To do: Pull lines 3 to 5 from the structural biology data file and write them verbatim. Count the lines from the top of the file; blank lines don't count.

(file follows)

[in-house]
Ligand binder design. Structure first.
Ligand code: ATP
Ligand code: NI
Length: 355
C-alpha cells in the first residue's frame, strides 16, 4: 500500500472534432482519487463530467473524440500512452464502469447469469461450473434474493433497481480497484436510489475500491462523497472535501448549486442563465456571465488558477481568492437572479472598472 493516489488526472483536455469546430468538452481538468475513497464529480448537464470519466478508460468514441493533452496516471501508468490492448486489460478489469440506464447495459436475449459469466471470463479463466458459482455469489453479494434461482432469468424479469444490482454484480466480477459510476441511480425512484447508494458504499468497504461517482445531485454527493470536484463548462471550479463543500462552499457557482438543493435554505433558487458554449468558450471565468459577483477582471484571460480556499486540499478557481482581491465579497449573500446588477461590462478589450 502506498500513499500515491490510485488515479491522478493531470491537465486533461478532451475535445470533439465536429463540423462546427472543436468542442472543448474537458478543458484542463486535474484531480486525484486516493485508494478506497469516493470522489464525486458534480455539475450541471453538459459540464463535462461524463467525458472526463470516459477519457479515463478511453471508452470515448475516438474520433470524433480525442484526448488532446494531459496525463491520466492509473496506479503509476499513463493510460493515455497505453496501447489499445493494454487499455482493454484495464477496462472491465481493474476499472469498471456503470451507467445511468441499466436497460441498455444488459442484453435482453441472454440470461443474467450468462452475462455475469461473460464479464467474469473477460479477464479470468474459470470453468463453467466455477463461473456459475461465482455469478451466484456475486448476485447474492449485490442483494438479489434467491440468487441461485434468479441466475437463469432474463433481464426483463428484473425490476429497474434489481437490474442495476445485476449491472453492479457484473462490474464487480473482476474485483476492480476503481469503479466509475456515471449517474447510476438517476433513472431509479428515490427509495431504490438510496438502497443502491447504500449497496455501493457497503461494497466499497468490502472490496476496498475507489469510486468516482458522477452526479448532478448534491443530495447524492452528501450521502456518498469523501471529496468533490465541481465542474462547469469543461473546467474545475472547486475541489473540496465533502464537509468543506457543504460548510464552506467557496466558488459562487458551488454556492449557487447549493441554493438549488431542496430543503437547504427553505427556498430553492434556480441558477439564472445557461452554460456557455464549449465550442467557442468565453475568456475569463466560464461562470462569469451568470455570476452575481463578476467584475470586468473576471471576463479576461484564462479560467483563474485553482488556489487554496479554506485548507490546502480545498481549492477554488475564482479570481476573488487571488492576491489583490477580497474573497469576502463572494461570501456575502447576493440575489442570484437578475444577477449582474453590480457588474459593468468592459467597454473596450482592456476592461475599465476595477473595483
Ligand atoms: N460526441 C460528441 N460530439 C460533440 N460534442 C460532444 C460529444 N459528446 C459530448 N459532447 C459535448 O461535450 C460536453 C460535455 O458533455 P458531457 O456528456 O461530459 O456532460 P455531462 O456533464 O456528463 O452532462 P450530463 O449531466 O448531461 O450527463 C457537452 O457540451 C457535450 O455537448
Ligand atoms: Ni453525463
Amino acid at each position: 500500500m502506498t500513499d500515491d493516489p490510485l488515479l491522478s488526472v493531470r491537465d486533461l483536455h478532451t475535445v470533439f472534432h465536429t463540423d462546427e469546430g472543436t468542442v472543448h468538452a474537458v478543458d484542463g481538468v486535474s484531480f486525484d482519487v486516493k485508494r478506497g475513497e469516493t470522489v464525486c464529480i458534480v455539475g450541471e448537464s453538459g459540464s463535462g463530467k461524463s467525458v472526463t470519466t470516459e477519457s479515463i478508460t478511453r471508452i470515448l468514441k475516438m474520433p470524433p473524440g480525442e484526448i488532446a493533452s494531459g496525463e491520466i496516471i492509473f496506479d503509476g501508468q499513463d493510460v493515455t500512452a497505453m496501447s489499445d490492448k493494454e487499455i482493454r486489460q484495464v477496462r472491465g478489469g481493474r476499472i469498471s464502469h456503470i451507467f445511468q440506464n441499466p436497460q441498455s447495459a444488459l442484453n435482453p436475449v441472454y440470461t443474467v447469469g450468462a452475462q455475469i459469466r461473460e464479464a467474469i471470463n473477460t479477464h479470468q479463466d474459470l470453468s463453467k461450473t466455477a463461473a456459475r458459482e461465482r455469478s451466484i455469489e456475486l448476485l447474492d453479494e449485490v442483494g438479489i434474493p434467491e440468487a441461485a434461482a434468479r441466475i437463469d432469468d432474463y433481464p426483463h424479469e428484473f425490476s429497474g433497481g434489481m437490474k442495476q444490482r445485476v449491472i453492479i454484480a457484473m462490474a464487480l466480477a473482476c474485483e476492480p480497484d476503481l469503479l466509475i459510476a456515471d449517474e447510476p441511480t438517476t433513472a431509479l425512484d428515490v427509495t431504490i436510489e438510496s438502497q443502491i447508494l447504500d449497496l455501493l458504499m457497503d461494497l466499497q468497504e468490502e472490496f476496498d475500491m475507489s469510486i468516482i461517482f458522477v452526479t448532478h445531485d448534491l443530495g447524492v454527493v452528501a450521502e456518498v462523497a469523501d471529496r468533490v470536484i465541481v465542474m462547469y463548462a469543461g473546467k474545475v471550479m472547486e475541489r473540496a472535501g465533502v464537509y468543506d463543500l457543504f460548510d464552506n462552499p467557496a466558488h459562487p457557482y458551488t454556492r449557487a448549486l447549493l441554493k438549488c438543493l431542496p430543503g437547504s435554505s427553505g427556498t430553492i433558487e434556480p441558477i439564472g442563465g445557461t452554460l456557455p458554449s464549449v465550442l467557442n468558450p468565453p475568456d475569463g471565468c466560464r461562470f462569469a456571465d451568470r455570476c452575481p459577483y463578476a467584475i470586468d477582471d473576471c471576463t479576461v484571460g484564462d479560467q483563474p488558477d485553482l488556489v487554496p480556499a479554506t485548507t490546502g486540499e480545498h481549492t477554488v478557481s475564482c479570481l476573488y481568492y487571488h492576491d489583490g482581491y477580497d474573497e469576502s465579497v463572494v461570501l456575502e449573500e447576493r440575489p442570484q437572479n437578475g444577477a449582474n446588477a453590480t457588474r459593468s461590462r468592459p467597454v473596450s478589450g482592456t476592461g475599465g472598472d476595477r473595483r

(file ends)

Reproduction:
Ligand code: ATP
Ligand code: NI
Length: 355